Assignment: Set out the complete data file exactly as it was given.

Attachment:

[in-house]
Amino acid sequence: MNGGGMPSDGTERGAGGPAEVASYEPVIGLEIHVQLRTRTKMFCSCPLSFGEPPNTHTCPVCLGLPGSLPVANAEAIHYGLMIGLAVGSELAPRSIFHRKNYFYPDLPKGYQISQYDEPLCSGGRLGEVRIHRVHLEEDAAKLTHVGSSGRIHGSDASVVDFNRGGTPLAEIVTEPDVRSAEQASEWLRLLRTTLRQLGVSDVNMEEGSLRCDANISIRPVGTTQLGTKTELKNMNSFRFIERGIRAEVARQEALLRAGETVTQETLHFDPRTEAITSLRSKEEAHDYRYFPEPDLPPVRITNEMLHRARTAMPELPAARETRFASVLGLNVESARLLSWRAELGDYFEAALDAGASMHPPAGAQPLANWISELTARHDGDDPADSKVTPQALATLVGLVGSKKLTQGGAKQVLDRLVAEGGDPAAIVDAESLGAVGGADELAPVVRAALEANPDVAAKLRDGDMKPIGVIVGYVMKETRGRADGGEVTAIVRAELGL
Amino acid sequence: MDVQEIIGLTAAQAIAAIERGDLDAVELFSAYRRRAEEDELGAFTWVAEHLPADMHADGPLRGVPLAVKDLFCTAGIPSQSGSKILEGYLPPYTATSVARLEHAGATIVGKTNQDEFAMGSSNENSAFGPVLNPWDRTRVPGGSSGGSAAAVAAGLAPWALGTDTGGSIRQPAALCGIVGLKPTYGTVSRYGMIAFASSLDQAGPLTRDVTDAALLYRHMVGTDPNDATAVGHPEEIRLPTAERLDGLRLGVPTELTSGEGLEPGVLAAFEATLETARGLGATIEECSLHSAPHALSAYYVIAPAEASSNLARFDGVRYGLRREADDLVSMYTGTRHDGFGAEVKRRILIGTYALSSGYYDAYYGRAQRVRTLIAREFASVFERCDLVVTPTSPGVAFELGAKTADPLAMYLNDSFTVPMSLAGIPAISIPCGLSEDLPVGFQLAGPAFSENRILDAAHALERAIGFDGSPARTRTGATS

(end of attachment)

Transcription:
[in-house]
Amino acid sequence: MNGGGMPSDGTERGAGGPAEVASYEPVIGLEIHVQLRTRTKMFCSCPLSFGEPPNTHTCPVCLGLPGSLPVANAEAIHYGLMIGLAVGSELAPRSIFHRKNYFYPDLPKGYQISQYDEPLCSGGRLGEVRIHRVHLEEDAAKLTHVGSSGRIHGSDASVVDFNRGGTPLAEIVTEPDVRSAEQASEWLRLLRTTLRQLGVSDVNMEEGSLRCDANISIRPVGTTQLGTKTELKNMNSFRFIERGIRAEVARQEALLRAGETVTQETLHFDPRTEAITSLRSKEEAHDYRYFPEPDLPPVRITNEMLHRARTAMPELPAARETRFASVLGLNVESARLLSWRAELGDYFEAALDAGASMHPPAGAQPLANWISELTARHDGDDPADSKVTPQALATLVGLVGSKKLTQGGAKQVLDRLVAEGGDPAAIVDAESLGAVGGADELAPVVRAALEANPDVAAKLRDGDMKPIGVIVGYVMKETRGRADGGEVTAIVRAELGL
Amino acid sequence: MDVQEIIGLTAAQAIAAIERGDLDAVELFSAYRRRAEEDELGAFTWVAEHLPADMHADGPLRGVPLAVKDLFCTAGIPSQSGSKILEGYLPPYTATSVARLEHAGATIVGKTNQDEFAMGSSNENSAFGPVLNPWDRTRVPGGSSGGSAAAVAAGLAPWALGTDTGGSIRQPAALCGIVGLKPTYGTVSRYGMIAFASSLDQAGPLTRDVTDAALLYRHMVGTDPNDATAVGHPEEIRLPTAERLDGLRLGVPTELTSGEGLEPGVLAAFEATLETARGLGATIEECSLHSAPHALSAYYVIAPAEASSNLARFDGVRYGLRREADDLVSMYTGTRHDGFGAEVKRRILIGTYALSSGYYDAYYGRAQRVRTLIAREFASVFERCDLVVTPTSPGVAFELGAKTADPLAMYLNDSFTVPMSLAGIPAISIPCGLSEDLPVGFQLAGPAFSENRILDAAHALERAIGFDGSPARTRTGATS